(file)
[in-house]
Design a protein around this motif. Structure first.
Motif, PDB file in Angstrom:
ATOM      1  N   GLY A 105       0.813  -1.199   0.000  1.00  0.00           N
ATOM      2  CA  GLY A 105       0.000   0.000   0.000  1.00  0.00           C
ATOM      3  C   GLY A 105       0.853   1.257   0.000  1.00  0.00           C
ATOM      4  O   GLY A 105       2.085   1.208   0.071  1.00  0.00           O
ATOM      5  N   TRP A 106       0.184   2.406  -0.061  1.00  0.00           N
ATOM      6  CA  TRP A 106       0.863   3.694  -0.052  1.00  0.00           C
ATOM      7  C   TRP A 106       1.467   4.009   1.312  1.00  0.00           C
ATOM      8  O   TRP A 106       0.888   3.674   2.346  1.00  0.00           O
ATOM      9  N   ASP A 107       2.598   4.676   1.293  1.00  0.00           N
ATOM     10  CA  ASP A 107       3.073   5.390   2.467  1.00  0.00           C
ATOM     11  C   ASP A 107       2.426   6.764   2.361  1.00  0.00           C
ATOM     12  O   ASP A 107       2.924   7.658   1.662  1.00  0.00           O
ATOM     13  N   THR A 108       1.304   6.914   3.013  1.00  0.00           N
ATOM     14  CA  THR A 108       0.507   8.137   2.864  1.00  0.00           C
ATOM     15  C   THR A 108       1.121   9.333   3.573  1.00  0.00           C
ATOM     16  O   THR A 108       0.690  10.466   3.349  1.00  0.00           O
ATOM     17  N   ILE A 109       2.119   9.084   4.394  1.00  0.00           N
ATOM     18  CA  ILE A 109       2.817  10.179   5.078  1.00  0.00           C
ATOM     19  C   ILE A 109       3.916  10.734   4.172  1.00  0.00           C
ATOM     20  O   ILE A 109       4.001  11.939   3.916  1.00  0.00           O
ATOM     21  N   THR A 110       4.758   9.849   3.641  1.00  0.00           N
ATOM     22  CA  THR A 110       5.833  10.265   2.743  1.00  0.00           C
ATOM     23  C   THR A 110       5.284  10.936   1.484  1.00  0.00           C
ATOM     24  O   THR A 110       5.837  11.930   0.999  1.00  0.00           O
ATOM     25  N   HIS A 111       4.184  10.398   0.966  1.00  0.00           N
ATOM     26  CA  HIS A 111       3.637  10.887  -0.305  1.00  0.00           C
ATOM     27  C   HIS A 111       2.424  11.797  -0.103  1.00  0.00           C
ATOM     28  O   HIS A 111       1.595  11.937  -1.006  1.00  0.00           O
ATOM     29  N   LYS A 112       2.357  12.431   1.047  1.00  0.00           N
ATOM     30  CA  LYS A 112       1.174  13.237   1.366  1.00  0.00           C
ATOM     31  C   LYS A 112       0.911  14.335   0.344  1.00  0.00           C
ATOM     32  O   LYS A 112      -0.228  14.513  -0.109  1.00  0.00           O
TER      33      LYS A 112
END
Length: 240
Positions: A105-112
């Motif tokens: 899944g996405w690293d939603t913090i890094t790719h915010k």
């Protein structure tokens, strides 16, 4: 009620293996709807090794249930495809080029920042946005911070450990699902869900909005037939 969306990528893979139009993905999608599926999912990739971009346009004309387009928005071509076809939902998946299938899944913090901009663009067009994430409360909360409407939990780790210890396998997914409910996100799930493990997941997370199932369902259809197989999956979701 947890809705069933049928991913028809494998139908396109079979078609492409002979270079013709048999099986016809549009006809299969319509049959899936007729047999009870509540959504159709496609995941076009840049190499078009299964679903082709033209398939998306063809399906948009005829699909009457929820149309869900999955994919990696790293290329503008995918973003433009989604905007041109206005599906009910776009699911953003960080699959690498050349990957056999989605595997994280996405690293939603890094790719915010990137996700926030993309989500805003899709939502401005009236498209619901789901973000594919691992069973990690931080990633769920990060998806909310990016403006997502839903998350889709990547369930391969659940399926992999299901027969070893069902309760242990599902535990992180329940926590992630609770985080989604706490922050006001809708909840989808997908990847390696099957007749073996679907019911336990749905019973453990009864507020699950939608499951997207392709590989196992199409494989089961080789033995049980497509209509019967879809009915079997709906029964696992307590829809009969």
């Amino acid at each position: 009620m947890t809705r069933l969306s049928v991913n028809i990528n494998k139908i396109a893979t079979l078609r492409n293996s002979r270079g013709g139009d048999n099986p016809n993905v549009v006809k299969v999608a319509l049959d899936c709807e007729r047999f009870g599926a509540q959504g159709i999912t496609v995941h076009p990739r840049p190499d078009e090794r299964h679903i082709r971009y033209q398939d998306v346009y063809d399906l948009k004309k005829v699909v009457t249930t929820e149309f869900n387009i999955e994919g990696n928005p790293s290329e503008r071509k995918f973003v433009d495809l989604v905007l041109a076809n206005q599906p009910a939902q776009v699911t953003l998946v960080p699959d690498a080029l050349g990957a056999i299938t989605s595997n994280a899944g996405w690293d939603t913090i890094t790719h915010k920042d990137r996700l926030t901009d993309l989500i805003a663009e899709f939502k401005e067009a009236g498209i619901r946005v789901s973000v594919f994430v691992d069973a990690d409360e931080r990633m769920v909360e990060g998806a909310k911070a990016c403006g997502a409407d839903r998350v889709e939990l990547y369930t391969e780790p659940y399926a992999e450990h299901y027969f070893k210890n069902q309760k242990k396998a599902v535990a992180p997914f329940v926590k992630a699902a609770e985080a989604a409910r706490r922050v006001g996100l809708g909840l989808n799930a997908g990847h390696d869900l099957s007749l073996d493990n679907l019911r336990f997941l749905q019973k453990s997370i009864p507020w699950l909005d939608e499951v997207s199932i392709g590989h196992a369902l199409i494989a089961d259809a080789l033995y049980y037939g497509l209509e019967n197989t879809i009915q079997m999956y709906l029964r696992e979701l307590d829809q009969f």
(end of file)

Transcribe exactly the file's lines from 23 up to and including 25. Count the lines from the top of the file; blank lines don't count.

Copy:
ATOM     20  O   ILE A 109       4.001  11.939   3.916  1.00  0.00           O
ATOM     21  N   THR A 110       4.758   9.849   3.641  1.00  0.00           N
ATOM     22  CA  THR A 110       5.833  10.265   2.743  1.00  0.00           C